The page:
By Dave Oldenburg
Financial institutions have reported incidents where a new or seasoned customer is instructed to open an IRA account, with a fake check, disguised as a rollover. Criminals who orchestrate these crimes hope that front lines staff will be fooled into believing that IRA accounts are not typically associated with fraud. Unfortunately, this type of fake check scam has gained traction and has the potential to inflict substantial losses when not detected early. Although some account holders are aware that they are negotiating a fake check, others do not realize that they are being manipulated as part of a relationship or similar fraud scheme.
How Does the Scam Work?
Similar to other fake check schemes, the purpose is to falsely inflate the balance of an account and withdraw funds as quickly as possible. Funds are often transferred internally, followed by outgoing wires, BillPay, or other electronic payment methods, before the check is returned unpaid.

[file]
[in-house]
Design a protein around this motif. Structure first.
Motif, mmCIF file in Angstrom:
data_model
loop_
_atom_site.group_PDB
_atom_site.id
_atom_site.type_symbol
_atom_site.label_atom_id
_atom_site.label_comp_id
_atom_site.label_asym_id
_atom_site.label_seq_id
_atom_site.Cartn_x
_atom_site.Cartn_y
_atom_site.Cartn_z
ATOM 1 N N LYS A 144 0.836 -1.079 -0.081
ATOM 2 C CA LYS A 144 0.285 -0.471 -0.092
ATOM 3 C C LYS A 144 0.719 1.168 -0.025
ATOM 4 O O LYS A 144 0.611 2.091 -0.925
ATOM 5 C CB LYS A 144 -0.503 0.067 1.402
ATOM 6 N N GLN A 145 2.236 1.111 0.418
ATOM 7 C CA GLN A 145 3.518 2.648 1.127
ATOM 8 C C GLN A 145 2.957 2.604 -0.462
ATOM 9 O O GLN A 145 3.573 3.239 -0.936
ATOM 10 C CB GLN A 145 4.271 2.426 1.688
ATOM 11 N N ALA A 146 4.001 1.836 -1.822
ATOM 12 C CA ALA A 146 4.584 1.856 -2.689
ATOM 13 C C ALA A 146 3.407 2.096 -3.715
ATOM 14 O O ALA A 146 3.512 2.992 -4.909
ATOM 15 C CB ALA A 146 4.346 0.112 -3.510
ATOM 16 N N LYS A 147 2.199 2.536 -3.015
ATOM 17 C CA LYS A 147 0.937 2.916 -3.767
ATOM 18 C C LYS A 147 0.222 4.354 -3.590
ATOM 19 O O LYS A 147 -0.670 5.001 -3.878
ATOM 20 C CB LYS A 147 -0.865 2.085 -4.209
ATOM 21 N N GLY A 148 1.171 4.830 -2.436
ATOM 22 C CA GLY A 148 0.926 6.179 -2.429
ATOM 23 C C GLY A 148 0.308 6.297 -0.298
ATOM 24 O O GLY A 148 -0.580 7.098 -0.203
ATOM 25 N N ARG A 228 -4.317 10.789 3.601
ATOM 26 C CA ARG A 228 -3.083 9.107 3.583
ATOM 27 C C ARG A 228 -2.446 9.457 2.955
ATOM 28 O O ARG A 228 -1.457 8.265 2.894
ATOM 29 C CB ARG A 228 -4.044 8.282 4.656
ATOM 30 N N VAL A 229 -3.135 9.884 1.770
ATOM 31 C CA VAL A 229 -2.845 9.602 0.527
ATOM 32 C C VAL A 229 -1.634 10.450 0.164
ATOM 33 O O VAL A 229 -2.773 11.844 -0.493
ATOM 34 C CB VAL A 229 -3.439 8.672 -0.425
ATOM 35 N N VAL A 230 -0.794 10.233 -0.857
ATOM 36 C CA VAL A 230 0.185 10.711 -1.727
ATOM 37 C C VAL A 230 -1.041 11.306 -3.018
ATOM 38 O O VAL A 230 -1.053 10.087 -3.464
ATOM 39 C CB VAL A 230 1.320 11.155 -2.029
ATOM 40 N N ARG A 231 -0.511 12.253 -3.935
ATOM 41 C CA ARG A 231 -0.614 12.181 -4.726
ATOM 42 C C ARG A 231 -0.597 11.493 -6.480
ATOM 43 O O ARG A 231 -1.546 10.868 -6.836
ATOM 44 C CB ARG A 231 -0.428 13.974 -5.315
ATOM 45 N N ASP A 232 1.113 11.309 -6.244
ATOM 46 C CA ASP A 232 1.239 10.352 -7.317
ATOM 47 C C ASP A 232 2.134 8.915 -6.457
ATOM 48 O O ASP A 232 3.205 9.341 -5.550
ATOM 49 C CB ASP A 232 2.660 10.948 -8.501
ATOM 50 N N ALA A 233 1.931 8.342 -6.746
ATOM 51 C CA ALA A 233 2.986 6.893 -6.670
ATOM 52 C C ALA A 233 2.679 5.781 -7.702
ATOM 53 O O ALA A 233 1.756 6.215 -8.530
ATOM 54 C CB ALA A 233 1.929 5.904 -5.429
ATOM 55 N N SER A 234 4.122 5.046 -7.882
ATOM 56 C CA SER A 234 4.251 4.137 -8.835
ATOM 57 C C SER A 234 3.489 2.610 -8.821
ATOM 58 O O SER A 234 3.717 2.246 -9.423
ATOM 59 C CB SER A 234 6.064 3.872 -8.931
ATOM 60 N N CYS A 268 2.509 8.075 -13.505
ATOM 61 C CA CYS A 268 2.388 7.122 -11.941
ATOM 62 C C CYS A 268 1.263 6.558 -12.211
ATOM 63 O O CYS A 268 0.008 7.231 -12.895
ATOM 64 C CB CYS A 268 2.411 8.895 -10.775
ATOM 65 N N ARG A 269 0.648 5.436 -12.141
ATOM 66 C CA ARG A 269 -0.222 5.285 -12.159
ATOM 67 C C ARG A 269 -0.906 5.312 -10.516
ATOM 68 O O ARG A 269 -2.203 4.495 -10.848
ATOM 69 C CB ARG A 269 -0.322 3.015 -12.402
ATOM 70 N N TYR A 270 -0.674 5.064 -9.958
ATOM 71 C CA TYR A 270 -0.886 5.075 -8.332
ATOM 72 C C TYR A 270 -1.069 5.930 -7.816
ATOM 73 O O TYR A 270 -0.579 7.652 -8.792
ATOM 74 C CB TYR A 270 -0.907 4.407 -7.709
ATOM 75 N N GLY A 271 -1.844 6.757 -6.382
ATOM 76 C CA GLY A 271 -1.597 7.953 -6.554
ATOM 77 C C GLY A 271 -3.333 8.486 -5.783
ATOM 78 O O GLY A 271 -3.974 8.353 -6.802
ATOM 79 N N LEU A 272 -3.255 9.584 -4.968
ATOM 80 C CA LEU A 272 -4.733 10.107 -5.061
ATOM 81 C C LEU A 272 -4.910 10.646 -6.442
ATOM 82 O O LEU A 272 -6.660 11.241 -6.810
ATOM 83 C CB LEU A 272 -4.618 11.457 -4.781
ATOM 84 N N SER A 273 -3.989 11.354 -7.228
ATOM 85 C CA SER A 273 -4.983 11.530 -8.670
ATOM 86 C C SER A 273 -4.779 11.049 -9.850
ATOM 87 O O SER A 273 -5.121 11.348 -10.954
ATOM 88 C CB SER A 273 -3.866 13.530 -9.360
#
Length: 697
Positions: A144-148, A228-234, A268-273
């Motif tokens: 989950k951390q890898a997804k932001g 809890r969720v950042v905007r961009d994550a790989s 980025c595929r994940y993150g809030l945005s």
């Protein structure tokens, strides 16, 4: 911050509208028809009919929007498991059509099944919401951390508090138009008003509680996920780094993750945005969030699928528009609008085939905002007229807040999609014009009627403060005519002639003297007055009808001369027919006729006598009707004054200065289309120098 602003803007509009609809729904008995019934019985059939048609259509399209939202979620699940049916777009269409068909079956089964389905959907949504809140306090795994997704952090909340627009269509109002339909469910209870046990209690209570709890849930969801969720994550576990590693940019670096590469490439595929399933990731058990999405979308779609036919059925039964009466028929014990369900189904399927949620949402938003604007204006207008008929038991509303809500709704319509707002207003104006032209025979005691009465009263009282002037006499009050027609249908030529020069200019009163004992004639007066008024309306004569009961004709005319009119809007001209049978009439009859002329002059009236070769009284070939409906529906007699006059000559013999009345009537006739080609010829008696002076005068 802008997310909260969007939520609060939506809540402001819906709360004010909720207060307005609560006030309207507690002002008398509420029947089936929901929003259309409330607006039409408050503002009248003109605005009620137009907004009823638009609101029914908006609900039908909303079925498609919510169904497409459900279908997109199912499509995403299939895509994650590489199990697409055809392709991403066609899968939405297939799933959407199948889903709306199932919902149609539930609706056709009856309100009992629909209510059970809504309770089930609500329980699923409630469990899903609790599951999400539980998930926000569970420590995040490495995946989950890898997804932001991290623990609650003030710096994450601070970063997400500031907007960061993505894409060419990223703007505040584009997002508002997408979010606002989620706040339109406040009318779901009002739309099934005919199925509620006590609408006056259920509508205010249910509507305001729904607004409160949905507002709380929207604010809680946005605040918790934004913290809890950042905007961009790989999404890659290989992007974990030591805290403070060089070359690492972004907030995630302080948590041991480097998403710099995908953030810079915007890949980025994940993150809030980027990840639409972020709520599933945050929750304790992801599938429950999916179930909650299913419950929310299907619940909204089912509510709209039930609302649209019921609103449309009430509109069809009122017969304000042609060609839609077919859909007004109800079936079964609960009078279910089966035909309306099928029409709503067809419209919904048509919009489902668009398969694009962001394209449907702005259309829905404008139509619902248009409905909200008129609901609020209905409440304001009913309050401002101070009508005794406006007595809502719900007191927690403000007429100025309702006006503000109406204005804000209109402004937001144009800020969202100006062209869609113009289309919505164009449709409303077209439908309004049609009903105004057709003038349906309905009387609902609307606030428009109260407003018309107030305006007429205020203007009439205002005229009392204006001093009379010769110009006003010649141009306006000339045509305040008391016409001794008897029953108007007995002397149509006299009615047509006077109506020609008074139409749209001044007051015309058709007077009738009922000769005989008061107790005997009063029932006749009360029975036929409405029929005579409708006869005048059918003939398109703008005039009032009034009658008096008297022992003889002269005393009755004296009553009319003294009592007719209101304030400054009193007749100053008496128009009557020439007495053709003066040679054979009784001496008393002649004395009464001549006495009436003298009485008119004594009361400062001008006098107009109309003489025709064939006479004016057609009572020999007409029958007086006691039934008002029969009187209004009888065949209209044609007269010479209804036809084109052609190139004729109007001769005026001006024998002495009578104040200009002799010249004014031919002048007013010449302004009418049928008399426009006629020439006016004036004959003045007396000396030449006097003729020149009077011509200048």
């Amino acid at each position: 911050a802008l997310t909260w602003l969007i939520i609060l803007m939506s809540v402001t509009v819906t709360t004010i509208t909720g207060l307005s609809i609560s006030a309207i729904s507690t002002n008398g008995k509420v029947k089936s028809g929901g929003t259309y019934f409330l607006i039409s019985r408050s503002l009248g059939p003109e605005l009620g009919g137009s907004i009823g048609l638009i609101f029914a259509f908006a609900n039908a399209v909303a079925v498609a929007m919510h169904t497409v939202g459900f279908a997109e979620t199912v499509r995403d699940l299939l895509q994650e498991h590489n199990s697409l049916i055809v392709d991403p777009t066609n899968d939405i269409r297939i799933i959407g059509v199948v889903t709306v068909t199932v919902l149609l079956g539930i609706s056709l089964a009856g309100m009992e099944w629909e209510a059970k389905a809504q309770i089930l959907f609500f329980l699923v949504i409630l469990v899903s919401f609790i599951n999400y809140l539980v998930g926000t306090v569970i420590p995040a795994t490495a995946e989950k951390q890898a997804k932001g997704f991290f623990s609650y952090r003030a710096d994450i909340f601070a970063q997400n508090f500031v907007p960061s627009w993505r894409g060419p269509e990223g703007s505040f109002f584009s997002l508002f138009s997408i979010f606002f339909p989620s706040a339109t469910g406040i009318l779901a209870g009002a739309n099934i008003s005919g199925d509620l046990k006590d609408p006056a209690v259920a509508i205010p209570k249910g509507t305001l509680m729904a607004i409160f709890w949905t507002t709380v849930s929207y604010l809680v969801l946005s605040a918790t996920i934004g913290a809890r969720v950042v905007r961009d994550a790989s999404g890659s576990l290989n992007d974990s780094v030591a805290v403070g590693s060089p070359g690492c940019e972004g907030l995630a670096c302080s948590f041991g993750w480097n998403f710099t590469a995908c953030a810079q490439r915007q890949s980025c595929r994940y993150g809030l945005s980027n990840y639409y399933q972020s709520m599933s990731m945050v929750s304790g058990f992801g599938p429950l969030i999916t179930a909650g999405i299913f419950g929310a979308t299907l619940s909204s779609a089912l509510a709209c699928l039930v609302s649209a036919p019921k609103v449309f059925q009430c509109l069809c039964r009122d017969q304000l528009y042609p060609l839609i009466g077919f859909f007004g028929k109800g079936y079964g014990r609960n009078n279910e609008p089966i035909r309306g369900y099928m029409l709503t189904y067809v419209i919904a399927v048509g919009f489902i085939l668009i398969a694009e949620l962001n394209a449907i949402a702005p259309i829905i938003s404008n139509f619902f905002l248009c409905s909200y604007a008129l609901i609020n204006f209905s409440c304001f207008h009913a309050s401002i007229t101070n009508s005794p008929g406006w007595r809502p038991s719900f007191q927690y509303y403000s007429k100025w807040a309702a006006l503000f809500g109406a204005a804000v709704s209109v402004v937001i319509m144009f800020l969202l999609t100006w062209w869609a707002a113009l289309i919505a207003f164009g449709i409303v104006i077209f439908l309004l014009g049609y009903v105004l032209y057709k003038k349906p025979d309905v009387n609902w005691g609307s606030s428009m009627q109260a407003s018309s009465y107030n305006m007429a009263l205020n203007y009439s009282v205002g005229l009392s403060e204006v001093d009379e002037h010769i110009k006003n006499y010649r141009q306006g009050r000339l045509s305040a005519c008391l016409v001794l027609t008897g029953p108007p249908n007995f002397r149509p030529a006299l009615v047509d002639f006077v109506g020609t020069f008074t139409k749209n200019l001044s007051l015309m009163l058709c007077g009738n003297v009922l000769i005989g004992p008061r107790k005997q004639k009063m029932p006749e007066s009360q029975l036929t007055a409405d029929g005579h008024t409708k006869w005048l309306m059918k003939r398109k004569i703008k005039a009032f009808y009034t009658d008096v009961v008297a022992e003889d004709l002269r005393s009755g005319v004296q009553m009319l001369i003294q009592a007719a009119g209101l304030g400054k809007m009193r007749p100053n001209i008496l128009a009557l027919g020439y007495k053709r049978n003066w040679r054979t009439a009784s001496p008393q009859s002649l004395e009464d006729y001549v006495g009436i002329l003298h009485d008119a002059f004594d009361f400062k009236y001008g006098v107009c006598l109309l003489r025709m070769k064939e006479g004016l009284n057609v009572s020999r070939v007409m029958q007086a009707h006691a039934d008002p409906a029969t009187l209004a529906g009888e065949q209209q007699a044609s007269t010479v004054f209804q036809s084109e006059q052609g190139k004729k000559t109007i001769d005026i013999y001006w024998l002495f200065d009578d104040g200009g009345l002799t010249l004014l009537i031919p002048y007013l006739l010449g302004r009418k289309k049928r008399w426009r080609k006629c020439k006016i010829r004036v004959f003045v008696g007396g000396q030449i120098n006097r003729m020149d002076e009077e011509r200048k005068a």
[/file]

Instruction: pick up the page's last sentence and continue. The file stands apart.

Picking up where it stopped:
How Do I Spot a Fake IRA Check Scheme?
It is important to note that criminals generally use accurate information from compromised accounts such as a bank’s ABA, account number, and approximate check range to create and distribute the checks. Some may go further and use convincing check stock, bearing a quality signature of an authorized signer to increase the likelihood that the check will be negotiated.
With that in mind, it’s important to recognize common red flag indicators associated with this type of fraud:
- The check is made payable to an individual. As a rule of thumb, legitimate Traditional and Roth IRA rollover checks are generally made payable to the financial institution, for benefit of (FBO) the account holder
- The check doesn’t appear to be drawn on a qualified retirement plan. Many fake checks are drawn on a law firm, cashier’s check or what appears to be a general business operating account.
- The check is sent directly to the branch by an unknown third party with instructions to deposit the check into a new or existing IRA
- A memo line with vague instructions to deposit the check into an IRA account
- The customer seems concerned when funds will be made available
- The account holder wants to disburse funds shortly after the account was opened
When in doubt, it’s best not to accept the check and follow your bank’s procedures on suspicious account activity.
Oldenburg is a fraud officer, Bank First, Manitowoc and member of the WBA Financial Crimes Committee.